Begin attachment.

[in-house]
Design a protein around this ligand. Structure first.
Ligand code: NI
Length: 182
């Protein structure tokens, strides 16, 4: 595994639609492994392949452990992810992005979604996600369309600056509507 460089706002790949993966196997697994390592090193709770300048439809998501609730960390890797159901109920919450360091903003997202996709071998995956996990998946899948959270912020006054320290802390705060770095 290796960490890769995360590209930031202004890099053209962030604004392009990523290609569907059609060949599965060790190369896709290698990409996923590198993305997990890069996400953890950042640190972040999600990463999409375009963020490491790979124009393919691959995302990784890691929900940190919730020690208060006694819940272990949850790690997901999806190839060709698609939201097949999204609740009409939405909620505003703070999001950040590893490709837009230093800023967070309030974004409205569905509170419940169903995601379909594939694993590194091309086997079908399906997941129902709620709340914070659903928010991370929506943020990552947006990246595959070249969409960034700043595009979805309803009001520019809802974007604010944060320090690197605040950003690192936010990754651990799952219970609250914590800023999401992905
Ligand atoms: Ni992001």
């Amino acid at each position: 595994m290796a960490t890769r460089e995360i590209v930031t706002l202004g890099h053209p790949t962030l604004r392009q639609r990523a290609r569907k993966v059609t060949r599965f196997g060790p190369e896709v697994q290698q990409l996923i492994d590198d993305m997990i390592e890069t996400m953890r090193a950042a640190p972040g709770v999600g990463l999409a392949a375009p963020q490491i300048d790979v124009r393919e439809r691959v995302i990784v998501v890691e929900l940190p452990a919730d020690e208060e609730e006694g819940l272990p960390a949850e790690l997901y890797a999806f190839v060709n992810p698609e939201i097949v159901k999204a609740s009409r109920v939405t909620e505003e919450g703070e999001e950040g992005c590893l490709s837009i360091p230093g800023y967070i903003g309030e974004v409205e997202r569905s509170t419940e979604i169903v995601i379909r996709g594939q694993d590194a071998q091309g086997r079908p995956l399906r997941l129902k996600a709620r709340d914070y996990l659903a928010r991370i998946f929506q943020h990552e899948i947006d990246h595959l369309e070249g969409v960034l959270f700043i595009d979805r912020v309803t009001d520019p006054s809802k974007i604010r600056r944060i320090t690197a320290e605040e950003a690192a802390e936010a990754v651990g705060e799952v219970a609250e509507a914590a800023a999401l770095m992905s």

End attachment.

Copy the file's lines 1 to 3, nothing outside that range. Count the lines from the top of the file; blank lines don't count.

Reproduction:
[in-house]
Design a protein around this ligand. Structure first.
Ligand code: NI